Summer is a time for relaxing on the beach with a good book. Perhaps a romance or a detective thriller. But, the workaholics out there may still be looking for some good business books. Here is the Change Logic team’s recommendations for the best of summer business reading.
Wendy Smith and Marianne Lewis
It is tempting to making everything in the world binary – good/bad, right/wrong, core/explore. This sort of either/or thinking reduces the world to a set of false binary opposites. Smith and Lewis offer a refreshingly different view that has profound implication for leaders in every walk of life from business to politics. Drawing from more than twenty years of pioneering research, they provide tools and lessons for turning either/or options into opportunities for innovation and personal growth.
In the digital age nothing is as important as building and scaling sustainable ecosystems and networks. This book offers useful guidance on how to manage these complex issues. Starting ecosystems creates a dilemma because ecosystems’ value depends on networks, but users will not join the networks without the ecosystems (hence called, “cold start”). The book clarifies the process of building and scaling ecosystems by proposing a process of acquiring customers, encouraging engagement, and then economically monetizing the network. The book also states that ecosystem designers should focus on the “hard side” of the ecosystems–the part of the ecosystems that are necessary but harder to recruit or increase in size. Finally, the book provides four strategies that firms can use to scale networks.
Ridley reviews major milestones that form the knowledge base of many of today’s industries: energy, public health, transport, food, etc. He also touches upon some aspects of corporate innovation that are close to our hearts: the essentials of innovation, its economics, fake innovation, and resistance to innovation.
There are two themes we found especially interesting. First, Ridley compares innovation to evolution, a process of constantly rearranging things into inventions that are unlikely to arise by chance. Second, innovation is created by people who’re free to experiment. That’s why the most innovative countries are most likely established democracies.
Jason Jay and Gabriel Grant
This enlightening book aims to helps us become aware of the role we unwittingly play in getting conversations stuck. It empowers us to share what really matters – with anyone at any time– so that together we can create positive change we want to see in our world.
Henry Kressel, Norman Winarsky et. al
This is a guide by innovators for innovators, with approaches that are practical and timeless. This is for those who wish to create a market-leading company that will have a real impact: a disciplined and staged approach they have used to launch, invest in, and develop scores of highly successful companies. It leads entrepreneurs through the critical stages of venture development, from concept to acquisition or public offering to maintaining a rich culture of innovation in the company.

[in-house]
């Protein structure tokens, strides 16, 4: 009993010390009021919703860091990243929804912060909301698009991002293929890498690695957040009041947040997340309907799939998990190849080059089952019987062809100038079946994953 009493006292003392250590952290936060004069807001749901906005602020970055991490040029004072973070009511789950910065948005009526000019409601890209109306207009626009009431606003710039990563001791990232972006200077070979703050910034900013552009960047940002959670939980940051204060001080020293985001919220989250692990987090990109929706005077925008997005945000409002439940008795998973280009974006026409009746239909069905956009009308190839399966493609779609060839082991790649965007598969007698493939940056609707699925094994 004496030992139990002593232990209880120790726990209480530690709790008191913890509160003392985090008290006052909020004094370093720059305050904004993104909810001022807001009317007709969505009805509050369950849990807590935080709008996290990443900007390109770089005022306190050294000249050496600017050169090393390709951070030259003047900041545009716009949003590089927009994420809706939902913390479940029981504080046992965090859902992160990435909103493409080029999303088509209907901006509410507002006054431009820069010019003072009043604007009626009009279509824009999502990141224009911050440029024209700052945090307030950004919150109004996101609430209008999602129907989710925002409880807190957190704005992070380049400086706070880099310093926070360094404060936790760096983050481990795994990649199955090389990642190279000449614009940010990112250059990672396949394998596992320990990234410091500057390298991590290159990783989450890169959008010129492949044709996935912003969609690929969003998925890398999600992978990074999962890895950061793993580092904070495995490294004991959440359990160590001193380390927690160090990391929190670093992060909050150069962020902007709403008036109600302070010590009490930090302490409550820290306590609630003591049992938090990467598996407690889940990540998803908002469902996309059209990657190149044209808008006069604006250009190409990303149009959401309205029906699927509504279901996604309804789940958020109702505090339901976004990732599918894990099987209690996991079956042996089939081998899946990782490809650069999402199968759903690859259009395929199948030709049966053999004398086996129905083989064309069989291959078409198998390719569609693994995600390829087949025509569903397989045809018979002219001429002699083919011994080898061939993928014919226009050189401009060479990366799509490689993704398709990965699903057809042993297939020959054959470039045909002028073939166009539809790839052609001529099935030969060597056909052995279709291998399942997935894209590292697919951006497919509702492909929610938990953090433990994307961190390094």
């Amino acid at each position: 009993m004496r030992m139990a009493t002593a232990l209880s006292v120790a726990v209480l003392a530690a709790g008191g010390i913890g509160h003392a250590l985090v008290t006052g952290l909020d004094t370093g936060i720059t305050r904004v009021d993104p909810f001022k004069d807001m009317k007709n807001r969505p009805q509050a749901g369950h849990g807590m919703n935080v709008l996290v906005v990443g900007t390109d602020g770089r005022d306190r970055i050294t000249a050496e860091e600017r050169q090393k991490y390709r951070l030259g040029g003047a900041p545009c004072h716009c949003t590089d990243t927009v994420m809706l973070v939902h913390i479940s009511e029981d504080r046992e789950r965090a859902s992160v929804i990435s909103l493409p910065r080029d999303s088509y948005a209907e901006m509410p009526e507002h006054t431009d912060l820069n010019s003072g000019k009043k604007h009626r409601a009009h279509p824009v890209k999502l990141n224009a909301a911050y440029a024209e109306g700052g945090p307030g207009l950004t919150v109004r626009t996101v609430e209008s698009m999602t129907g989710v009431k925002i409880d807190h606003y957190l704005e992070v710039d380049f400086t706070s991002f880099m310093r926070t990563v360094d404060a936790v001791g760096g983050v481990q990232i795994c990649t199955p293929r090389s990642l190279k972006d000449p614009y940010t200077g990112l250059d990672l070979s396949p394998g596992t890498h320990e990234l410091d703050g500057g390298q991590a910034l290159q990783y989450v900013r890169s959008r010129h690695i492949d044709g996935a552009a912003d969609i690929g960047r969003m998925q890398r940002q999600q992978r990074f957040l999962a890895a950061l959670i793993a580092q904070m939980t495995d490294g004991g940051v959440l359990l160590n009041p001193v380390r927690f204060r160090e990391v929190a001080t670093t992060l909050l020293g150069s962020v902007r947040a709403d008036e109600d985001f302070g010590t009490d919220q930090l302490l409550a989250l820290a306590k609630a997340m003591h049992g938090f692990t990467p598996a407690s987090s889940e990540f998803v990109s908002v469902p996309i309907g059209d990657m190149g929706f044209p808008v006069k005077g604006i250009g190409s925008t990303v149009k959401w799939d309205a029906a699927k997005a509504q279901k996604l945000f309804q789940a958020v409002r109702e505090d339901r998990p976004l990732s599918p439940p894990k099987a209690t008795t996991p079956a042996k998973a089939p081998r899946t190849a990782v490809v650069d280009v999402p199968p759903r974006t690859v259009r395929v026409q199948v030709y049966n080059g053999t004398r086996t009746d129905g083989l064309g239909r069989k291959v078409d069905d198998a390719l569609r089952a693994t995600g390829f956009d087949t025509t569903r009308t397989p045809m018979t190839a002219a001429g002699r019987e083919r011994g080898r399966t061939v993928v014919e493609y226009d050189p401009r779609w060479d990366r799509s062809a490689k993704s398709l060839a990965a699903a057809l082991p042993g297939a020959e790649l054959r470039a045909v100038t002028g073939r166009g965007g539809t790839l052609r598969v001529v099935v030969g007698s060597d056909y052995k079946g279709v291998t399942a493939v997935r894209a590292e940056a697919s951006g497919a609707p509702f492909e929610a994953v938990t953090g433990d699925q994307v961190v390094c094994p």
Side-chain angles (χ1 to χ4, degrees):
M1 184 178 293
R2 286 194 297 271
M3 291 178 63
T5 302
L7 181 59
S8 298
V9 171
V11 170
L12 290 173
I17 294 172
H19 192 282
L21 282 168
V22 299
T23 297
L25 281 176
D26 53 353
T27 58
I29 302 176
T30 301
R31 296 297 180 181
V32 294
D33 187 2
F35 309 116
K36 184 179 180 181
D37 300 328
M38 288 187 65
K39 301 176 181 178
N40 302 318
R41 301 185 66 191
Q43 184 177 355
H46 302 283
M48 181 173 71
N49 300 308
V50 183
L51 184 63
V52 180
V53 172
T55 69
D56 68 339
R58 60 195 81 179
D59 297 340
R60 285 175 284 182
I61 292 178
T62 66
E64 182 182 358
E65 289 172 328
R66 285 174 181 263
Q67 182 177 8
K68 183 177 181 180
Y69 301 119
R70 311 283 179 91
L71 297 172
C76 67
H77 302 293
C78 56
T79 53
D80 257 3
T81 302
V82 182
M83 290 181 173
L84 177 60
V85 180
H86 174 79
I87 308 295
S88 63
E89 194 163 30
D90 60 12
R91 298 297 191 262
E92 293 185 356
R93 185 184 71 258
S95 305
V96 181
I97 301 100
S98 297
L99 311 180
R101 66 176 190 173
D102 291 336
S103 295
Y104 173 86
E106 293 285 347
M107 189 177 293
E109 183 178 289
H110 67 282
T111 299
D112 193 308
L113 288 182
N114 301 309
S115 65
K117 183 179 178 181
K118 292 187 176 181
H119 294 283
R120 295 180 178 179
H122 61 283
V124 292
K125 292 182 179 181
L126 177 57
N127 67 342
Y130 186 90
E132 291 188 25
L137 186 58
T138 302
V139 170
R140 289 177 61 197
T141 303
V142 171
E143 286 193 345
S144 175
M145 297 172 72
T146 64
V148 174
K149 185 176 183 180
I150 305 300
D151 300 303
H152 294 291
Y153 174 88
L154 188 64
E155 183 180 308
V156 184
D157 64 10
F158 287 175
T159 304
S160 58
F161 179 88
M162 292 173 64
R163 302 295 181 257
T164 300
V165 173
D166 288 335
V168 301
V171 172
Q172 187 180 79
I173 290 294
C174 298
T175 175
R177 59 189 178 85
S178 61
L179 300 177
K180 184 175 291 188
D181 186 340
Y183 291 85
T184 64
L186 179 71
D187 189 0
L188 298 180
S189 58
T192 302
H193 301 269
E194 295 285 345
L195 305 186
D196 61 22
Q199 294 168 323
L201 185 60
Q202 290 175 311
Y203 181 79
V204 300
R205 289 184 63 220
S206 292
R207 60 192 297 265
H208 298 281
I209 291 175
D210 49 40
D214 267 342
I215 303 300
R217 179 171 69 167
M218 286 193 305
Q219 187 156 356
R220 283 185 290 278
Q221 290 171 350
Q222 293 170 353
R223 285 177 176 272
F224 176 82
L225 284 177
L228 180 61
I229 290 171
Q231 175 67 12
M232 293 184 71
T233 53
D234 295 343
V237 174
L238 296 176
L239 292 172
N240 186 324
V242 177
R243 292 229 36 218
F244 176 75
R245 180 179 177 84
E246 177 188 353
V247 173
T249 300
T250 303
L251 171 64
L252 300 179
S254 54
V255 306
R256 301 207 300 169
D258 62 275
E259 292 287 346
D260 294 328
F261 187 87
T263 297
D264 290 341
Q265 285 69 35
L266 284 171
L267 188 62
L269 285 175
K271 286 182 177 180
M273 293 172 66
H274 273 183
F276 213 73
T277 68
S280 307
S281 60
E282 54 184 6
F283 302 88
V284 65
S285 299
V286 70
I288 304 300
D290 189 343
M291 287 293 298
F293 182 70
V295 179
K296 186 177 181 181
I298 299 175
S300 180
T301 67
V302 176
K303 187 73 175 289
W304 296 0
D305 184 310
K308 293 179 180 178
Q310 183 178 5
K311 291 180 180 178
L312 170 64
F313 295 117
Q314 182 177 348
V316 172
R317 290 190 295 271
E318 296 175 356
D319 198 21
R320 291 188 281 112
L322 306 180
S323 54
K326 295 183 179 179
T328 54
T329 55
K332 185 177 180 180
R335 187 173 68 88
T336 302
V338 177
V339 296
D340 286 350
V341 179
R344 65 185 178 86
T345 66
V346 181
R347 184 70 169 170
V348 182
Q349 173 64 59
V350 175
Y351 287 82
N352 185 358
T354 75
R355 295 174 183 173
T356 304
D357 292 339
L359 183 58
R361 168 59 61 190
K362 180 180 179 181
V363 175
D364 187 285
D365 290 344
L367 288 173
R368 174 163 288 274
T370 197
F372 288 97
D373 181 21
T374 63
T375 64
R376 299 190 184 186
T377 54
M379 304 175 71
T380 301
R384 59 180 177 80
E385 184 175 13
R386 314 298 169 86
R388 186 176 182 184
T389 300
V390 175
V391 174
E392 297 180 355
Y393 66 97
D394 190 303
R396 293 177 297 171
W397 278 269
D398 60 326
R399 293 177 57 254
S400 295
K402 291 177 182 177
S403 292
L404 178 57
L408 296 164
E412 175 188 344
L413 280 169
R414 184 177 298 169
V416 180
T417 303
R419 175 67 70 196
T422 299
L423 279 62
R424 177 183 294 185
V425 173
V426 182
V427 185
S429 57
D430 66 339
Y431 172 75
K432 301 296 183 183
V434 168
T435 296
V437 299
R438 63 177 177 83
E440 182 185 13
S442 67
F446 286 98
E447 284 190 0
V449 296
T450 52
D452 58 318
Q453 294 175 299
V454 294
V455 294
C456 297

Peter Fader and Sarah Toms
This book will help you see your customers as individuals rather than a monolith, so you can stop wasting resources by chasing down product sales to each and every consumer. It offers a 360-degree analysis of all the elements that support customer centricity within an organization.
Luc de Brabandere
In this time of Big Data and algorithms, we refer to “virtual reality” and “augmented reality”! What is left of our ways of modeling and experimenting? Thinking is clearly no longer what it used to be! This essay takes us back to ancient Greece where logical and critical thinking were first formalized. It also reminds us of more recent developments in cognitive sciences that include creative thinking. With these benchmarks, the authors introduce the reader to information technology using a philosophical approach, connecting necessary clarifications and useful questioning.
Julie Battilana and Tiziana Casciaro
We must understand and use our power to have impact and this book provides the playbook for doing so. It offers a “necessary and “invaluable” vision of power: the ability to influence someone else’s behavior. This influence is derived from having access to valued resources, and once you understand what those are, you can take action to improve life for yourself and others. With proven strategies of agitating, innovating, and orchestrating change, Power, for All shows how those with less power can challenge established structures to make them more balanced.
To succeed in this world, you need to change your perspective on competition, growth, and leadership. For today’s leaders the difference between success and failure is no longer simply winning, but rather being sure that you are winning the right game. This book introduces the concepts, tools, and frameworks necessary to confront the threat of ecosystem disruption and to develop the strategies that will let your organization play ecosystem offense.